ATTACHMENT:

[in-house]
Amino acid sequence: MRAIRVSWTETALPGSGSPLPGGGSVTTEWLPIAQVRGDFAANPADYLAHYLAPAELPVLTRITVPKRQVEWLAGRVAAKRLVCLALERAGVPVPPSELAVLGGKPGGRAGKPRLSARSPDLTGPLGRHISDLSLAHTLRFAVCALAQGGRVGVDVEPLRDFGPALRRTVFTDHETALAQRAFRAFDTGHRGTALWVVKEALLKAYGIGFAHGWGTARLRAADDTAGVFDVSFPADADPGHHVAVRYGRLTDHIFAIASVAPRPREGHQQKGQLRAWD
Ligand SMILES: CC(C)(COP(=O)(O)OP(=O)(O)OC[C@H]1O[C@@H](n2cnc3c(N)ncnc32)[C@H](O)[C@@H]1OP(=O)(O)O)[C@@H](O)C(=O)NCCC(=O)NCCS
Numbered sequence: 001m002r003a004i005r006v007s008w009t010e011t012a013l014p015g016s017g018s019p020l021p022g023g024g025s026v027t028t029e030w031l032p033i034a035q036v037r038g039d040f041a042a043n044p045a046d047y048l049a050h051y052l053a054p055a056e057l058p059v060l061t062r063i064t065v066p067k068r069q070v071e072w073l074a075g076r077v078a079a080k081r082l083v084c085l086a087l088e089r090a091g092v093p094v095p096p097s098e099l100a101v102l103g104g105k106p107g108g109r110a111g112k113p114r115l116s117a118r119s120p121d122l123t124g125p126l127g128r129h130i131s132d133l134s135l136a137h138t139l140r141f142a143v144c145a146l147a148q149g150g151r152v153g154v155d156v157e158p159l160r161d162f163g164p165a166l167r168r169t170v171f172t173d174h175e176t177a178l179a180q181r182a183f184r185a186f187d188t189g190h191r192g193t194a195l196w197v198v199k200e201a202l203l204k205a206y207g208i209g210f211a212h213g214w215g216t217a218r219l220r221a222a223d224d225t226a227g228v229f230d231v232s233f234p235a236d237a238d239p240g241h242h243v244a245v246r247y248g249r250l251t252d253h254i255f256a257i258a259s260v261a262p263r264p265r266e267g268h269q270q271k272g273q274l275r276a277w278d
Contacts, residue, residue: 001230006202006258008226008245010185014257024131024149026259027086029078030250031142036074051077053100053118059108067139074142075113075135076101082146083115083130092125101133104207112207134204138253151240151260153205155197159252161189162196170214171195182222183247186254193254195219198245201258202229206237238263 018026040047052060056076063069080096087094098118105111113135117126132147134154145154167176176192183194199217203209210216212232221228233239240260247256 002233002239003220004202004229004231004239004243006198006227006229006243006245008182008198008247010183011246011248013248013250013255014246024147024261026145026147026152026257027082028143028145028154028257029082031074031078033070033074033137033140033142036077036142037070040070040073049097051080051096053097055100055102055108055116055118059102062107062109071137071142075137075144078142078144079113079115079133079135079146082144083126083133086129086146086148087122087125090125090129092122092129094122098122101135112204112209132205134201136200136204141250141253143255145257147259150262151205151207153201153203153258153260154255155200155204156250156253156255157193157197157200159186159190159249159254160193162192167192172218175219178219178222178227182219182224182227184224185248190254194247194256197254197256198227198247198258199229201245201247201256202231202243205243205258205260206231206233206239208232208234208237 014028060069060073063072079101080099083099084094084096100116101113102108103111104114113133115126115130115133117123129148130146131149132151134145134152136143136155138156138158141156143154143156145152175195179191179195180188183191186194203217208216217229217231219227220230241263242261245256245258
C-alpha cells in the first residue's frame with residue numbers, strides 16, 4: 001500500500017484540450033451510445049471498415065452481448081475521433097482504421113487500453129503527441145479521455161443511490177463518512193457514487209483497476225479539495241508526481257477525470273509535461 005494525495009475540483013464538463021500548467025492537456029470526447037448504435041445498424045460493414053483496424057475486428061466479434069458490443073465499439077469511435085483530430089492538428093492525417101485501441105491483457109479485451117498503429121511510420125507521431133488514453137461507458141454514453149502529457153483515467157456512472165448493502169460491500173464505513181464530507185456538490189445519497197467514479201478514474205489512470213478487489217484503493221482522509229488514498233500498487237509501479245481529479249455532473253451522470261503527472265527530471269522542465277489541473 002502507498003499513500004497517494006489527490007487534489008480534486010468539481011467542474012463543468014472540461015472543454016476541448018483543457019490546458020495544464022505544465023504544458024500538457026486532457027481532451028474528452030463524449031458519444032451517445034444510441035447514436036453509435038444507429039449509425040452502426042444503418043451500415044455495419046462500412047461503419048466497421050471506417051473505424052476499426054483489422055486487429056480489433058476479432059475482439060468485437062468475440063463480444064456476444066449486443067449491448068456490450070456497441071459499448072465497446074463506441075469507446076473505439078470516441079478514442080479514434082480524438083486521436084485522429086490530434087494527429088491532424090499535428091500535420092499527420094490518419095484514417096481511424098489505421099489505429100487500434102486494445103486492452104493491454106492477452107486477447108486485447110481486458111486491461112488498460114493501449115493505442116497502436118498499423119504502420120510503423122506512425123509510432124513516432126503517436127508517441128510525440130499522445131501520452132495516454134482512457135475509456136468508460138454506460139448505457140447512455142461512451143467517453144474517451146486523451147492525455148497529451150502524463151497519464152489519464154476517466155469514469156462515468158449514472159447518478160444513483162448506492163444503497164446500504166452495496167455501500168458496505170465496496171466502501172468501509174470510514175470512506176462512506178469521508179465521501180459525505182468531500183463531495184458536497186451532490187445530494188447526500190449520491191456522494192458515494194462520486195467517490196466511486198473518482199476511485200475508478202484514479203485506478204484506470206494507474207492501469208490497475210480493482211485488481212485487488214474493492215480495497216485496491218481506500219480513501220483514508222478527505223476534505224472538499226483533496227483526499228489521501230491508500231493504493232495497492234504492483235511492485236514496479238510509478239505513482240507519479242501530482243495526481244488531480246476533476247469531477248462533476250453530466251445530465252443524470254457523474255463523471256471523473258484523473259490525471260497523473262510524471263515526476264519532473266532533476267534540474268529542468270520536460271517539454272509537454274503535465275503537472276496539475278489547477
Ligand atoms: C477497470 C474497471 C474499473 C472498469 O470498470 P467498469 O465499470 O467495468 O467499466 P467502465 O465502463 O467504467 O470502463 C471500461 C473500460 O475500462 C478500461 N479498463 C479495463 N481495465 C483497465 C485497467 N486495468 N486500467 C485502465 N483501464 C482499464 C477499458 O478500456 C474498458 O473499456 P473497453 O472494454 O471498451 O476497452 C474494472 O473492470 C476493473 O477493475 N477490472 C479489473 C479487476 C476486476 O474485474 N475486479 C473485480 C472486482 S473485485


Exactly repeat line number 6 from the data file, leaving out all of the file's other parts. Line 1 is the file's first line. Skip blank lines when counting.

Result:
C-alpha cells in the first residue's frame with residue numbers, strides 16, 4: 001500500500017484540450033451510445049471498415065452481448081475521433097482504421113487500453129503527441145479521455161443511490177463518512193457514487209483497476225479539495241508526481257477525470273509535461 005494525495009475540483013464538463021500548467025492537456029470526447037448504435041445498424045460493414053483496424057475486428061466479434069458490443073465499439077469511435085483530430089492538428093492525417101485501441105491483457109479485451117498503429121511510420125507521431133488514453137461507458141454514453149502529457153483515467157456512472165448493502169460491500173464505513181464530507185456538490189445519497197467514479201478514474205489512470213478487489217484503493221482522509229488514498233500498487237509501479245481529479249455532473253451522470261503527472265527530471269522542465277489541473 002502507498003499513500004497517494006489527490007487534489008480534486010468539481011467542474012463543468014472540461015472543454016476541448018483543457019490546458020495544464022505544465023504544458024500538457026486532457027481532451028474528452030463524449031458519444032451517445034444510441035447514436036453509435038444507429039449509425040452502426042444503418043451500415044455495419046462500412047461503419048466497421050471506417051473505424052476499426054483489422055486487429056480489433058476479432059475482439060468485437062468475440063463480444064456476444066449486443067449491448068456490450070456497441071459499448072465497446074463506441075469507446076473505439078470516441079478514442080479514434082480524438083486521436084485522429086490530434087494527429088491532424090499535428091500535420092499527420094490518419095484514417096481511424098489505421099489505429100487500434102486494445103486492452104493491454106492477452107486477447108486485447110481486458111486491461112488498460114493501449115493505442116497502436118498499423119504502420120510503423122506512425123509510432124513516432126503517436127508517441128510525440130499522445131501520452132495516454134482512457135475509456136468508460138454506460139448505457140447512455142461512451143467517453144474517451146486523451147492525455148497529451150502524463151497519464152489519464154476517466155469514469156462515468158449514472159447518478160444513483162448506492163444503497164446500504166452495496167455501500168458496505170465496496171466502501172468501509174470510514175470512506176462512506178469521508179465521501180459525505182468531500183463531495184458536497186451532490187445530494188447526500190449520491191456522494192458515494194462520486195467517490196466511486198473518482199476511485200475508478202484514479203485506478204484506470206494507474207492501469208490497475210480493482211485488481212485487488214474493492215480495497216485496491218481506500219480513501220483514508222478527505223476534505224472538499226483533496227483526499228489521501230491508500231493504493232495497492234504492483235511492485236514496479238510509478239505513482240507519479242501530482243495526481244488531480246476533476247469531477248462533476250453530466251445530465252443524470254457523474255463523471256471523473258484523473259490525471260497523473262510524471263515526476264519532473266532533476267534540474268529542468270520536460271517539454272509537454274503535465275503537472276496539475278489547477